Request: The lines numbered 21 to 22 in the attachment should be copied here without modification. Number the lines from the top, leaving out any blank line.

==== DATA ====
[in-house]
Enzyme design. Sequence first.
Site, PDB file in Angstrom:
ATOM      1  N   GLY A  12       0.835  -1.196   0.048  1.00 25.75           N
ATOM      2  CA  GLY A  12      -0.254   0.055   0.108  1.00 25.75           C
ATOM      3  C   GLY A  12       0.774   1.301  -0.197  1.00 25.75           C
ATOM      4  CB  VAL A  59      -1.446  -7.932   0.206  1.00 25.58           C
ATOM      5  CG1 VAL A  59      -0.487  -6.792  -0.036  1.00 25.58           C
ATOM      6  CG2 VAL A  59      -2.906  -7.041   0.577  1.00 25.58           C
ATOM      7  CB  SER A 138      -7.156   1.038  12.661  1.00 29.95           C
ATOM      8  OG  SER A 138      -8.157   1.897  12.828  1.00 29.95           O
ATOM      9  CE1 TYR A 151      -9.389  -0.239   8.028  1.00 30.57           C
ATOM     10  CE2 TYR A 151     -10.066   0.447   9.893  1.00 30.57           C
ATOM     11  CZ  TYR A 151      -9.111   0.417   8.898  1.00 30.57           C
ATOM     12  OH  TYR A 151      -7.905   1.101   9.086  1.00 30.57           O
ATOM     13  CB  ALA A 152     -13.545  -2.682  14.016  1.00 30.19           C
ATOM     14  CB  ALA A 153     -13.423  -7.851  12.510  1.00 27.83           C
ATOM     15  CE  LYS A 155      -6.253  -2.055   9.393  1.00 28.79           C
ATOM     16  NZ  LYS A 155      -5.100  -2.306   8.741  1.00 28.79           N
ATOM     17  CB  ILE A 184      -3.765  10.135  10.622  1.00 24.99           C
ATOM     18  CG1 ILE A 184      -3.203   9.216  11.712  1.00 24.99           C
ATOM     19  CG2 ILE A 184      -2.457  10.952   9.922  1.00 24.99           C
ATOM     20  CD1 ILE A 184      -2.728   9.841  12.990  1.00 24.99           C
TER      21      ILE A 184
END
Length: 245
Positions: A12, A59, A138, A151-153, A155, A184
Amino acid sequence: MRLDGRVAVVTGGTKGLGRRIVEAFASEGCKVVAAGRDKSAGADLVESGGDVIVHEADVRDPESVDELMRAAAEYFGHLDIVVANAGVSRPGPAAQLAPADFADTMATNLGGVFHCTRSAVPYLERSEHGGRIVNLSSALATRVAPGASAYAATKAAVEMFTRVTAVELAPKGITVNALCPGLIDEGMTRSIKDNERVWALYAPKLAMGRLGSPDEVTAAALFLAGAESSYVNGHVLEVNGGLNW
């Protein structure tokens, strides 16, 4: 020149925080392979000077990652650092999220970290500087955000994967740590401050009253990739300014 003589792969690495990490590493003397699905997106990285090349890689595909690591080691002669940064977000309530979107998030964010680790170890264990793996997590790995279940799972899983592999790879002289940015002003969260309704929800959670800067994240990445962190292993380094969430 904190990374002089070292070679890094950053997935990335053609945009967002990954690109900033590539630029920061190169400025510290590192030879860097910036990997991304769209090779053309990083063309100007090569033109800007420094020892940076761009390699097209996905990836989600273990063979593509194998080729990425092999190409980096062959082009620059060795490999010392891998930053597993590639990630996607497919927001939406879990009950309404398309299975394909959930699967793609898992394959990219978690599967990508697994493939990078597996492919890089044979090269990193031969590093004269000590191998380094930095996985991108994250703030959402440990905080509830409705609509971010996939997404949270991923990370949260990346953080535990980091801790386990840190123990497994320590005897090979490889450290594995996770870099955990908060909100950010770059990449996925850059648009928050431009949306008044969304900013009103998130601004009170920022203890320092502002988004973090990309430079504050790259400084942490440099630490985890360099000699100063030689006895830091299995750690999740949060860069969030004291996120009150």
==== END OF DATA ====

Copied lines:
ATOM     18  CG1 ILE A 184      -3.203   9.216  11.712  1.00 24.99           C
ATOM     19  CG2 ILE A 184      -2.457  10.952   9.922  1.00 24.99           C